Johan Norberg in Sydney
The Centre for Independent Studies has been playing host to Johan Norberg this week. I attended the launch of the Australasian edition of his book In Defence of Global Capitalism on Monday and his John Bonython Lecture last night, an op-ed rendition of which can be found here. Norberg’s theme of the cognitive biases that motivate anti-globalisation sentiment is remarkably consistent with some of the arguments run on this blog in relation to financial markets and asset prices.
Norberg’s book is perhaps the most accessible and persuasive defence of globalisation in print. The book is much more faithful to the classical liberal tradition than the books on globalisation by Jagdish Bhagwati and Martin Wolf. Both Bhagwati and Wolf concede way too much to globalisation’s critics and have probably done the cause more harm than good, particularly in the case of Bhagwati’s hostility to international capital mobility.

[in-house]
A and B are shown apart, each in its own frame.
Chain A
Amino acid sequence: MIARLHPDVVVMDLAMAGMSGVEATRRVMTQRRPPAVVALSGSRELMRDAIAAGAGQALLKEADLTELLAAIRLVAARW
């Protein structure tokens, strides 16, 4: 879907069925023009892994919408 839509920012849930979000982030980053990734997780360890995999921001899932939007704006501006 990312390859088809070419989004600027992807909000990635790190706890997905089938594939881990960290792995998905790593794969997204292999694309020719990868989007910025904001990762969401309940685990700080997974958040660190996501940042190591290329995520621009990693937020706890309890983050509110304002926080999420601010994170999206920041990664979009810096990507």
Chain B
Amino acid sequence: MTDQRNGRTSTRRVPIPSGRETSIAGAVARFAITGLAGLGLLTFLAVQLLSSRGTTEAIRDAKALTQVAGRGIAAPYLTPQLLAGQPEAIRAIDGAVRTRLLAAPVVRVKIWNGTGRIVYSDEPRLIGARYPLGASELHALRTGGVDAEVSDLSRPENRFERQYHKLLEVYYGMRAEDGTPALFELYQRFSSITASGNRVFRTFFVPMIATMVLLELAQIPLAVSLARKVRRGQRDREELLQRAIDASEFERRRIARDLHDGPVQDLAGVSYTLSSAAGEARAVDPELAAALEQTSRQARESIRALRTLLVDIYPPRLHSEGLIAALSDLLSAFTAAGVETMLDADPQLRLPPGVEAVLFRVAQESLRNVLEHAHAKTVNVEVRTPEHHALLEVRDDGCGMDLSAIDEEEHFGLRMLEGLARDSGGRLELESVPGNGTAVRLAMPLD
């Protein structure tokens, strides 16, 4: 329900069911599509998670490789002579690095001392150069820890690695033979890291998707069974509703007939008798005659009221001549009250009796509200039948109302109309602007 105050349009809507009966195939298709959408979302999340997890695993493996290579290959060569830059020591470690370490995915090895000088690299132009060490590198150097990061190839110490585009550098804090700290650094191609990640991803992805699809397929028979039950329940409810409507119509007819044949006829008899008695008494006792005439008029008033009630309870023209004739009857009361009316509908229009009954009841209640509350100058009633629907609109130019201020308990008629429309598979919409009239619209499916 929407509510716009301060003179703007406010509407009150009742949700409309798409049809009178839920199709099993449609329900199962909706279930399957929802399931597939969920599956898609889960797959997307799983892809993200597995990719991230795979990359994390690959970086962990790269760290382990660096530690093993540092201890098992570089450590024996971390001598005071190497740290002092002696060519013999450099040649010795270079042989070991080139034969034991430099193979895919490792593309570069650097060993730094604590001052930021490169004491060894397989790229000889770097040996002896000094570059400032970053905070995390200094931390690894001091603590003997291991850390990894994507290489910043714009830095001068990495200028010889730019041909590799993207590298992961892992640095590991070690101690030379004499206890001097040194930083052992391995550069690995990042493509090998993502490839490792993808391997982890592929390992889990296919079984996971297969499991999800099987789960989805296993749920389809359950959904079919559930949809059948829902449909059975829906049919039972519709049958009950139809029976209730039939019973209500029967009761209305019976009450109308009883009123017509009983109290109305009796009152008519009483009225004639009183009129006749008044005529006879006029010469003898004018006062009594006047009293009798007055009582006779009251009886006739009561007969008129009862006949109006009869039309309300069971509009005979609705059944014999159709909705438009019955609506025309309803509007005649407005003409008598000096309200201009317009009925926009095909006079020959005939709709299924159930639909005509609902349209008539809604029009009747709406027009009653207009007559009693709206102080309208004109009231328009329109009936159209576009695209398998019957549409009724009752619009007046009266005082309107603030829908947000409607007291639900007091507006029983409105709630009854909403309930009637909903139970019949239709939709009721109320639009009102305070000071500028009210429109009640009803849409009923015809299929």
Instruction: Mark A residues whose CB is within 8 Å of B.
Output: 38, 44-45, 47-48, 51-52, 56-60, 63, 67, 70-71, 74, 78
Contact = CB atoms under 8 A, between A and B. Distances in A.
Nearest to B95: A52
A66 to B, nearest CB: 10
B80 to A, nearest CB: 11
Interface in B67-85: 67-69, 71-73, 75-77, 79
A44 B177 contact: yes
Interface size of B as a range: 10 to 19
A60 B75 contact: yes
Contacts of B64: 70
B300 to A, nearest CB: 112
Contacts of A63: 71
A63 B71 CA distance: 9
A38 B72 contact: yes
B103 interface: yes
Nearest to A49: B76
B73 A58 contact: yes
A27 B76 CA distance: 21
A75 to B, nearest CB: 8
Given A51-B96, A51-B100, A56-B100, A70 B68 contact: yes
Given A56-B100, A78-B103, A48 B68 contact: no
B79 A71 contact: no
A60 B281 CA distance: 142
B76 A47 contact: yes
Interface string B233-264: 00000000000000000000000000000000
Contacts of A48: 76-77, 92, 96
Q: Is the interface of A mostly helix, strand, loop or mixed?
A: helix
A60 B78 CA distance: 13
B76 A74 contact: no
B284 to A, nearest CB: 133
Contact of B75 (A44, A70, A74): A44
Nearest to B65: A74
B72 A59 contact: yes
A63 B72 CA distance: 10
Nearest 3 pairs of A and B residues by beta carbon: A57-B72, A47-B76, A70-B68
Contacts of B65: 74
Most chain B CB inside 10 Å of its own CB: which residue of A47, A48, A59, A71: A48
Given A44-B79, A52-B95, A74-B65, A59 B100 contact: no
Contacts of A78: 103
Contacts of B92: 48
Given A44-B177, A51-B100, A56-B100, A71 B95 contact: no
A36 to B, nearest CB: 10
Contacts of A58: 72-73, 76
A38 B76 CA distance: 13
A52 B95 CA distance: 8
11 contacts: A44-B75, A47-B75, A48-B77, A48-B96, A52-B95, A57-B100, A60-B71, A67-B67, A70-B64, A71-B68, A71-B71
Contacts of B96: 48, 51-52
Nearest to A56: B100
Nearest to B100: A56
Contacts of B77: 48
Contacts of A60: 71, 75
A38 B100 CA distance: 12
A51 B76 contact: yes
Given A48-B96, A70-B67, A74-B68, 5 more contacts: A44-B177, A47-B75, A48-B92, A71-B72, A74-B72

posted on 12 October 2005 by skirchner in Economics
(3) Comments | Permalink | Main
Next entry: An Australian Congressional Budget Office?
Previous entry: When Costello Attacks